Sunday, 23 November 2014


Not sure who's still reading, but I'm now announcing an indefinite hiatus (to give y'all some closure on the lack of updates).

Anyway, my point is that I've gotten lazier; I've found that my reviews take a long time to write and I'd rather spend that time reading.

I'm also sorry for not following people (back) -- I'll admit to being bad with technology and not being able to figure out Google+. Forgive me!

Thank you for reading everything thus far. I still update my Goodreads though, so feel free to friend me there (!

- Alex

Book Review: The Gemma Doyle trilogy

Title: A Great and Terrible Beauty, Rebel Angels and The Sweet Far Thing
Author: Libba Bray
Year Published: 2003-2007
Genre: Young adult, supernatural, gothic, historical fiction

The Gemma Doyle trilogy is a supernatural Victorian boarding school story for young adults. That alone should tell you whether you want to read this series (for me the answer was, of course: hells yeah). There’s an indulgent, ‘comfort read’ quality about it despite its dark themes. While this normally would be fine for me, some of these themes weren’t your typical dramatic fantasy problems but rather actual real life issues. And that’s why I ultimately found the series problematic.

There are a number of seeming contradictions in the nature of the series itself, as if it is trying to be too many things at once. On the one hand, it's easy to luxuriate in the girly girl passages about the girls’ shopping expeditions and the social niceties of Victorian London – reminiscent of your Jane Austen type of stories, which the author references a number of times. On the other hand, there are plenty of gruesome ghostly things mentioned in the supernatural part. Then again, there are your ‘serious’ scenes describing family dysfunction, abject poverty and child sexual abuse – the latter of which I really wasn’t expecting in such a squishy sort of read.

There was so much going on that I felt that a number of these heavier themes shouldn’t have been included at all. Other than creating mood whiplash, I felt they weren’t given their proper dues. I kept thinking of the phrase ‘out of sight, out of mind’, as each ‘problem’ rarely transcends the scene in which it’s mentioned. For example, Gemma spouts a lot of pretty and ~profound~ insights about her dysfunctional family, but only ever seems to think about them when she’s in their actual physical presence.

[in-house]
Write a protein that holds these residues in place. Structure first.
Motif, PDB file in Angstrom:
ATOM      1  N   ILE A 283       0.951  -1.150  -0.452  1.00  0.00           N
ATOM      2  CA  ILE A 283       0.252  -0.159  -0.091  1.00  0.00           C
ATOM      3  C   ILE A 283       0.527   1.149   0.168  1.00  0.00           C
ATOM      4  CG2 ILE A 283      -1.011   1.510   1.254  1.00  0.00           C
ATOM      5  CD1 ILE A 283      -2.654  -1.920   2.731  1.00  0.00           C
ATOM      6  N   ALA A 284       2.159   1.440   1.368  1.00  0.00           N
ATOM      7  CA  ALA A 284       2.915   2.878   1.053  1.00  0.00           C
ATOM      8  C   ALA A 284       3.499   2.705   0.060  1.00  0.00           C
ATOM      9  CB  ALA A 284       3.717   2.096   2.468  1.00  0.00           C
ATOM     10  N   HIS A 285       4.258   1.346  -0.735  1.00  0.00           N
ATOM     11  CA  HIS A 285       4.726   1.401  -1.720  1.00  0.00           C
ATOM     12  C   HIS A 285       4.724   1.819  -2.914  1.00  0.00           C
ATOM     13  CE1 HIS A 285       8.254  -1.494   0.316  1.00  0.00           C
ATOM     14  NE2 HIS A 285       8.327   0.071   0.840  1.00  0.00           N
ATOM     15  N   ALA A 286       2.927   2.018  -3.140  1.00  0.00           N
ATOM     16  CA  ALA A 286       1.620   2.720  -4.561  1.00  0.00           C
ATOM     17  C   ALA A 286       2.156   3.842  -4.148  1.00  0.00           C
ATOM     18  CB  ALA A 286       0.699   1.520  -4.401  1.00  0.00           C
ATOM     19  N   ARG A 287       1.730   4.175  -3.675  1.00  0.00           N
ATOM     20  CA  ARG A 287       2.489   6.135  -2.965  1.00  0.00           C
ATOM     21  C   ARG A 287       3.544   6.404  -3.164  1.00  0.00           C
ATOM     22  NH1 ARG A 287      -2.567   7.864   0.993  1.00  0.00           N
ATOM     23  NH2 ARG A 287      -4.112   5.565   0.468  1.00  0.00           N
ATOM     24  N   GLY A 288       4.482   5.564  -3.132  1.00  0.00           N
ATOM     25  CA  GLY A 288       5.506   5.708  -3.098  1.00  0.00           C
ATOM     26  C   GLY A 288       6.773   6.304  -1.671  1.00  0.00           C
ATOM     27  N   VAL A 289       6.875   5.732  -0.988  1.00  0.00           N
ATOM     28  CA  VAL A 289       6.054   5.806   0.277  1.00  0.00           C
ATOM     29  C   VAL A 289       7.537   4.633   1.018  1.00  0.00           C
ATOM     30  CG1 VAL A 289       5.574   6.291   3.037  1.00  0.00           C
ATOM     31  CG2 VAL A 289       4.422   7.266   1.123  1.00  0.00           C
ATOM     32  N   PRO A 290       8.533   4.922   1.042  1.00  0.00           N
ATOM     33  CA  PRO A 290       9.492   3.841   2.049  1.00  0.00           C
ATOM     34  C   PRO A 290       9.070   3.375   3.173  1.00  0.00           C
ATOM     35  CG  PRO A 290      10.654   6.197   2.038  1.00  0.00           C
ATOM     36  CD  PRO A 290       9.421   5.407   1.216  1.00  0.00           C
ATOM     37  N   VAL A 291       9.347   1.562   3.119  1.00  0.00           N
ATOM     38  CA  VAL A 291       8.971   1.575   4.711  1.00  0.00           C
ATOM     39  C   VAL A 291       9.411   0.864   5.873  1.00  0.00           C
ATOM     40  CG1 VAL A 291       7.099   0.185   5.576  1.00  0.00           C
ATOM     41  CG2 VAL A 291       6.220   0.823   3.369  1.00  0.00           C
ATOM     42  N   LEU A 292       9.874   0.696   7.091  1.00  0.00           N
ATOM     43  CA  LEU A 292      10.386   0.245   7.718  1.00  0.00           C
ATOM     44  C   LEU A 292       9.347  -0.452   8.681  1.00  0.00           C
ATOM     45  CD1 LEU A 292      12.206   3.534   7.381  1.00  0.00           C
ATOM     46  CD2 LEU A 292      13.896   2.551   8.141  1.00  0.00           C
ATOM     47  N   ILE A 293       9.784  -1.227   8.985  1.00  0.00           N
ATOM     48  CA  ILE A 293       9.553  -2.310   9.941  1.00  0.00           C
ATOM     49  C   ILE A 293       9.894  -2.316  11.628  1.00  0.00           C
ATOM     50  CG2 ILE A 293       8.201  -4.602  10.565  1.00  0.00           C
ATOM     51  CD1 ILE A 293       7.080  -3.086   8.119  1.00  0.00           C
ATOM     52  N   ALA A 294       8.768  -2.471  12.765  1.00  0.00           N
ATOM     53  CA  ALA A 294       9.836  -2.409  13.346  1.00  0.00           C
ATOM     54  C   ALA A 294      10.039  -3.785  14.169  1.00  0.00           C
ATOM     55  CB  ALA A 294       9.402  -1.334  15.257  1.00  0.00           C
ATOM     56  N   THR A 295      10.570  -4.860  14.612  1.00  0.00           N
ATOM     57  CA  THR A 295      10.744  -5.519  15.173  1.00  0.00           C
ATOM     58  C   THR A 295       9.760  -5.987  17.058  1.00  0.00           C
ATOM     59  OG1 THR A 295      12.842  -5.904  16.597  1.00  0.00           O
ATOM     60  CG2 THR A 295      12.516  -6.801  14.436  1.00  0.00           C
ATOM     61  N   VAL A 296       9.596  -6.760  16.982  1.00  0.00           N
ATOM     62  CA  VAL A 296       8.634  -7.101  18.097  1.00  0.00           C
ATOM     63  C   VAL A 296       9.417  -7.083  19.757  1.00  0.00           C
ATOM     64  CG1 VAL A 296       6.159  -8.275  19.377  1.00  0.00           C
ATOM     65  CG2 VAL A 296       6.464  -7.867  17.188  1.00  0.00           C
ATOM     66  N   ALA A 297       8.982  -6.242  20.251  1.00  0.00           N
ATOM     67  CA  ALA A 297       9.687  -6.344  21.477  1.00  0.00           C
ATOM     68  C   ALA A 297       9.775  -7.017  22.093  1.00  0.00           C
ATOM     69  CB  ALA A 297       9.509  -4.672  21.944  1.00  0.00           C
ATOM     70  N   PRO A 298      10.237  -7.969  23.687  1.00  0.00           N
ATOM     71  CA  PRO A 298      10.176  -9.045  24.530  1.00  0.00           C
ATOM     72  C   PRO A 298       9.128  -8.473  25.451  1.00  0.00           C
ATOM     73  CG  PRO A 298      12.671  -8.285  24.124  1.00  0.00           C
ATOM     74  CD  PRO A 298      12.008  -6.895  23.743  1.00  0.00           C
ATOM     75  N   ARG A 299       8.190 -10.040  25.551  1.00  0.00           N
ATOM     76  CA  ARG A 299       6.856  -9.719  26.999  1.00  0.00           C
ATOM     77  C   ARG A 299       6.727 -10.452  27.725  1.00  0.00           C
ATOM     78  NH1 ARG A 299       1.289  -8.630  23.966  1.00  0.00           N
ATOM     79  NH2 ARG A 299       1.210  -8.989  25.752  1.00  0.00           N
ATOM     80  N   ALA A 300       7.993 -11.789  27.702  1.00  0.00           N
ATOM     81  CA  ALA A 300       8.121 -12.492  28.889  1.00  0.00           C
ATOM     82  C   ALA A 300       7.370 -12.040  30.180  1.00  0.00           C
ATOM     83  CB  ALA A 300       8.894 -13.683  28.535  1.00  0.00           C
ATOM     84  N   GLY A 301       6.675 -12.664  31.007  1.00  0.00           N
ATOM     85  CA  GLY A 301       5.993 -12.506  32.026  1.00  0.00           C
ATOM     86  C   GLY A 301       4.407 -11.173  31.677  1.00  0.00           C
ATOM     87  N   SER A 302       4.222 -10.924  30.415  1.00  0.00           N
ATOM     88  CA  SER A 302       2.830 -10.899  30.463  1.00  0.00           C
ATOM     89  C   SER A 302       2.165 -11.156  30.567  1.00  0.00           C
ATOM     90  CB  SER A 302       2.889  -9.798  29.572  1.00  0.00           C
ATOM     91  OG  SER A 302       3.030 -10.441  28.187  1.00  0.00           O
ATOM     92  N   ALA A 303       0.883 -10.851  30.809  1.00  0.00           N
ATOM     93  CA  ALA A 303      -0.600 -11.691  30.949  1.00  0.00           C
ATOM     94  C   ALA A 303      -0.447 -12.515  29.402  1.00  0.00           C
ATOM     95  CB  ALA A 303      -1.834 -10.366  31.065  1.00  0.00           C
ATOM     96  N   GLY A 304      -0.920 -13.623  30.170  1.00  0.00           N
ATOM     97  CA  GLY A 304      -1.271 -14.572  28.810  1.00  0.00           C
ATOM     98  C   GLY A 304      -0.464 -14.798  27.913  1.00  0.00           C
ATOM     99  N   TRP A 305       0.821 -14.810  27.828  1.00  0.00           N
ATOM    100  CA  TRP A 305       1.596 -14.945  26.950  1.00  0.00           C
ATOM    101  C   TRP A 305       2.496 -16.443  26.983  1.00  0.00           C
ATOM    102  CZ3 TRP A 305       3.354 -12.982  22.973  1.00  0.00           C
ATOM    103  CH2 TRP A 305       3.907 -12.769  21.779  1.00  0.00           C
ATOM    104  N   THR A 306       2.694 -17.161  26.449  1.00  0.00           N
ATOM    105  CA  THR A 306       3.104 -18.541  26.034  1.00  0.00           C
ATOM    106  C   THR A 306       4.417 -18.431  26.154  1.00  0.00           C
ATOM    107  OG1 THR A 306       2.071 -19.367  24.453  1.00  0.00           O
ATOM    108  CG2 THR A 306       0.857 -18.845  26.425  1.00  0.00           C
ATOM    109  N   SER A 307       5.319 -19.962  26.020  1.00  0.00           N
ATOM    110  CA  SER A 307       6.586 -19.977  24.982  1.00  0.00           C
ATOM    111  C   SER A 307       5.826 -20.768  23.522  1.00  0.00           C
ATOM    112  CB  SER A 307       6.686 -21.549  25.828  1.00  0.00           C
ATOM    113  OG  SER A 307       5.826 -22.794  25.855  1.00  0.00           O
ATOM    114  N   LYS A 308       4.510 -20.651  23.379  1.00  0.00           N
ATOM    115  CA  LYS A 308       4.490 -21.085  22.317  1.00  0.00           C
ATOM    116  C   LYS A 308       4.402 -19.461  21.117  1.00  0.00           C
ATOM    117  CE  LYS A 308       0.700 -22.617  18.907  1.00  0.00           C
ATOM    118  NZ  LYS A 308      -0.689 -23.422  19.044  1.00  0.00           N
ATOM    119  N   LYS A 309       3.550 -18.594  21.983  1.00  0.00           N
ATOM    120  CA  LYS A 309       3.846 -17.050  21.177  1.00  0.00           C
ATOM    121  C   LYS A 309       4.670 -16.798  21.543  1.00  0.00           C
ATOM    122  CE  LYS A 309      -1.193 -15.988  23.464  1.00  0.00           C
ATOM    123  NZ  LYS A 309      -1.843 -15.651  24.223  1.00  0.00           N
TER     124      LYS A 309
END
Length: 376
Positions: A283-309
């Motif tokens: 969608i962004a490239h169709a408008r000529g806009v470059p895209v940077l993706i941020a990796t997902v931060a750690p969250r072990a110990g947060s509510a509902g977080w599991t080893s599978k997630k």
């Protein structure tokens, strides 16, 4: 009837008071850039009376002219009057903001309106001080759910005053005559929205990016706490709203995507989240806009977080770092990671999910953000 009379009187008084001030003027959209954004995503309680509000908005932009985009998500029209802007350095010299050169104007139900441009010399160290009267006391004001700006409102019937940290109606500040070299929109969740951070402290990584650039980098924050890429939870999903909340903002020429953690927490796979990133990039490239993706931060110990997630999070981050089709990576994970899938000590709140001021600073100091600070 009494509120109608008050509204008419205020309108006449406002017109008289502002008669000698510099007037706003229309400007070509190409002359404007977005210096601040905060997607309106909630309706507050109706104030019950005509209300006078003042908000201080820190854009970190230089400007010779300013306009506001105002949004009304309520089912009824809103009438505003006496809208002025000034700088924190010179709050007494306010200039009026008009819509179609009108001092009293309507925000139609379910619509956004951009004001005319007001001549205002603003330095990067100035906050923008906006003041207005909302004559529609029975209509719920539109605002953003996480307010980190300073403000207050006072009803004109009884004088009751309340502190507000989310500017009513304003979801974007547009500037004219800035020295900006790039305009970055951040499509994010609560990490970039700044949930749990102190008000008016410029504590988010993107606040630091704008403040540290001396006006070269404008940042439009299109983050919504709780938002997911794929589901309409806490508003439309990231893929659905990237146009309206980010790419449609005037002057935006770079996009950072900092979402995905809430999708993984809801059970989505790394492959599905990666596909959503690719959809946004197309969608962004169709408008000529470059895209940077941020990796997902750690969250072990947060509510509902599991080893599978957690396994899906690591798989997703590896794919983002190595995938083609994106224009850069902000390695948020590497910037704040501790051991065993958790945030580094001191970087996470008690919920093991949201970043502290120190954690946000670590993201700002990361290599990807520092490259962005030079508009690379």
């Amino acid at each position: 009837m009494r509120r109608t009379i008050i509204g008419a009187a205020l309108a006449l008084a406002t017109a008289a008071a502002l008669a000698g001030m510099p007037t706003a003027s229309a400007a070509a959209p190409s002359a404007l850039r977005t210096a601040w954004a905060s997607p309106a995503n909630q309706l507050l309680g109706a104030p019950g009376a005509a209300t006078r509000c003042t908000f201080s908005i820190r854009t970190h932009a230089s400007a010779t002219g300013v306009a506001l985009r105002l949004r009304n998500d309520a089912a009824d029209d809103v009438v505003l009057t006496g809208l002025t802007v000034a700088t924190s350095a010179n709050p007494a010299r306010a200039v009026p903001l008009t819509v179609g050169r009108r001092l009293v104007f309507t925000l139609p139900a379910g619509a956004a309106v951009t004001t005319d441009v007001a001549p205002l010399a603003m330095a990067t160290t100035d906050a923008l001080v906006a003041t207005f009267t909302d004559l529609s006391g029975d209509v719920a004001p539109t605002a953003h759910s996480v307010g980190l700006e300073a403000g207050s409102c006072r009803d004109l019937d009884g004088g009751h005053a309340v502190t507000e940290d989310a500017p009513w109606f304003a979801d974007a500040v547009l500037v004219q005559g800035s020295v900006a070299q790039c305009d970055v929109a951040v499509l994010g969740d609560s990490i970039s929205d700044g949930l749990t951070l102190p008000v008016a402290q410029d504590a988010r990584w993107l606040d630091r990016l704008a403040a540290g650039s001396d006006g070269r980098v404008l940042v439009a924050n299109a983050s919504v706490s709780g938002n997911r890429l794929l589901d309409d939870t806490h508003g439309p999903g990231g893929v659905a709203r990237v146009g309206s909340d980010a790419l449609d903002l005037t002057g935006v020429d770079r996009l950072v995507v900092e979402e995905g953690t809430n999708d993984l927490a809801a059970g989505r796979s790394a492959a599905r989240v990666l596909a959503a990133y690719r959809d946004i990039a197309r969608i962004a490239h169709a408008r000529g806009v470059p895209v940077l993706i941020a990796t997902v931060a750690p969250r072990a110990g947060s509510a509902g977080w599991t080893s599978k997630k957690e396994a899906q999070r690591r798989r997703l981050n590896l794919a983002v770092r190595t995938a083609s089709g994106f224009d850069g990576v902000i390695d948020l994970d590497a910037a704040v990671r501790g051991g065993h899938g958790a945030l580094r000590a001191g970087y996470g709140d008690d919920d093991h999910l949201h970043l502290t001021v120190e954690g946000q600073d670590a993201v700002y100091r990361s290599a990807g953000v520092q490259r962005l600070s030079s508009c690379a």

While Gemma describes problems – particularly the ‘ordinary’ real-world ones – and how horrific they are, we can’t disagree; at the same time though, they’re given so little attention that there’s almost a passive tolerance of them. In this regard, it was Gemma’s musings on child sexual abuse that really made me irrationally angry – she talks as if she knows all about it, but then she doesn’t seem too bothered about it in the next scene, nor does she ever do anything about it – to be fair, I don’t know what she could do in those cases, but nevertheless I felt it made her concerns seem ungenuine.

Despite it being 1895, the behaviours and voices of the heroines are very, very modern. When the girls have ‘radical’ thoughts, it doesn’t feel very radical at all as they haven’t actually moved very far from who they already are. As for Gemma, well, her decision at the very end came as a surprise to me – her thoughts were so varied and unfocused throughout the series that it was surprising she even had that goal in mind: she never once mentioned it during the entire series.

Now, despite all my groaning, there’s still a lot you can enjoy in this series. I don’t doubt that a lot of people would be attracted to the gothic setting of the series, and there’s an indulgent pillowy quality you can get lost in – indeed, despite my misgivings I read all three books pretty quickly. This is the sort of series you let wash over you, without trying to keep track or think too much about, lest you spot the problems. There isn’t a lot of plot to be honest – it gets worse in the second and third books, where there’s more and more telling instead of showing, and the tale expands in breadth rather than depth. It seemed to unravel as things went on, and became a bit of a chore to read in the end. Be warned also that the ending isn’t exactly a happy one.

I did like that the main love interest was Indian, but I’m in two minds as to whether this series provides a positive example of non-white characters. There was surprisingly more sensuality than I would’ve anticipated, particularly given how simple the language is, so I’d probably say it’s suitable for those aged 13+. I was a little disappointed in the character development too – some of Gemma and Kartik’s relationship is retconned in the third book, and I was surprised to hear Felicity, Pippa and Ann described as Gemma’s “best friends” in Rebel Angels after their uneasy and bullying-tinged interactions in A Great and Terrible Beauty, as well as the fact that none of them seemed to actually like each other, except for Felicity and Pippa. I’m not sure what it says about me, or the book, but I found Felicity and Ann to be a lot more likeable and interesting than our heroine Gemma.